Court, Sua Sponte, Refuses to Dismiss Thirteen Year Old Non-Malignancy Suit Superior Court of the Virgin Islands, Complex Litigation Division, October 30, 2018
In 2005, The plaintiff Samuel Holloway sued 29 companies including Hess Oil Virgin Islands Corporation (HOVIC) and Amerada Hess Corporation (Hess) through the Motley Rice firm, alleging non-malignant injuries arising from exposure to asbestos. Proofs of service on summons were never filed; only HOVIC and Hess appeared and answered the complaint, and at the same time filed crossclaims against all defendants. In 2006, a stipulation of dismissal with prejudice was entered as to HOVIC and Hess, but was silent as to their pending crossclaims. Also in 2006, Holloway stipulated to dismiss 7 named defendants without prejudice. The plaintiff did not address claims relating to the remaining 20 companies and John Doe defendants.
In a review of the file in 2010, the court issued orders to move the case forward and to attempt to discern the status of Holloway’s claims, and HOVIC and Hess’s crossclaims. Motley Rice no longer had an attorney admitted in the Virgin Islands, and withdrew referring the matter to local counsel. The court issued orders requiring the plaintiff to demonstrate proofs of service on defendants. Again the case went dormant, and orders to show cause were issued. Through local counsel, the former handling attorney from Motley Rice indicated that in their past investigation of Holloway’s claims, they had discovered that he had settled a separate action for asbestos exposure in the mid-90s, and had signed a sweeping release covering exposures to other dusts, and future injuries, including malignancies. Holloway was also compensated by various bankruptcy trusts. The former Motley Rice attorney recommended dismissal of the entire action.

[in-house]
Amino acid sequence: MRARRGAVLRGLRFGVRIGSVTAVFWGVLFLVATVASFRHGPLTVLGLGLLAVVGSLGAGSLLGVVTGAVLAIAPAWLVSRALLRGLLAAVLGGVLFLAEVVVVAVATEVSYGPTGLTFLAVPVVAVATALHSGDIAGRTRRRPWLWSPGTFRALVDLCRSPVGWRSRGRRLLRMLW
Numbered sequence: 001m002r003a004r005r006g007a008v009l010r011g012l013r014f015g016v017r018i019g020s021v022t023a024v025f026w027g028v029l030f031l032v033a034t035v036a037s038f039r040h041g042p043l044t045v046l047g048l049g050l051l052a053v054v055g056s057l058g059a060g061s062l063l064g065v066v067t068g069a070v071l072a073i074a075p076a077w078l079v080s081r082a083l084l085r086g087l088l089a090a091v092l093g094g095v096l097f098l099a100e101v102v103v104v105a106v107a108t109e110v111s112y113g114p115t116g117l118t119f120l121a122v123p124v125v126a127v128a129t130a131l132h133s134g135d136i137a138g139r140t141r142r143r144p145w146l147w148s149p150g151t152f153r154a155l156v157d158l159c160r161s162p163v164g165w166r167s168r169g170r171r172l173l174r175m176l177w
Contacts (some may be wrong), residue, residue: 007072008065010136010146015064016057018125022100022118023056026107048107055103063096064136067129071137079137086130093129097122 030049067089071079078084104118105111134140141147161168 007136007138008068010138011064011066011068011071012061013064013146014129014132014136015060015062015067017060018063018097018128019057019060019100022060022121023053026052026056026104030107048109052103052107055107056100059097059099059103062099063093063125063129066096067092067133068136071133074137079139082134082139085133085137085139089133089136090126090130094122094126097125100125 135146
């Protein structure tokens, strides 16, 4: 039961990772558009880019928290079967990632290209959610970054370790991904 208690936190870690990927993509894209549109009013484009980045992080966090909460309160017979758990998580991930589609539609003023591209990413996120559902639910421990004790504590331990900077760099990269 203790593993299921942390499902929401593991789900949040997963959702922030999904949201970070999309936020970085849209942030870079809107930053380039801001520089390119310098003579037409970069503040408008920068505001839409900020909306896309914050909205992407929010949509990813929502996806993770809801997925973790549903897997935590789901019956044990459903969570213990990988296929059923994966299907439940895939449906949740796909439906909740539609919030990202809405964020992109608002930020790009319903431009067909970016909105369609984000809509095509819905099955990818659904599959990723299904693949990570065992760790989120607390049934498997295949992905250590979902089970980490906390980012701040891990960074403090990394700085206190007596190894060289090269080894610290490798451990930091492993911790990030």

The court reviewed the facts and procedural history to determine if they had authority to dismiss the entire action. The court determined that Holloway’s claims against certain defendants were still pending despite the dismissal of the other defendants, but only if Holloway served those defendants or if they voluntarily appeared. They further determined that HOVIC and Hess’s crossclaims may also still be pending, but only if Holloway served the defendants whom HOVIC and Hess had crossclaimed. The former Motley Rice attorney, HOVIC, and Hess were ordered to file proofs of service and to advise whether Holloway intended to pursue claims against remaining defendants.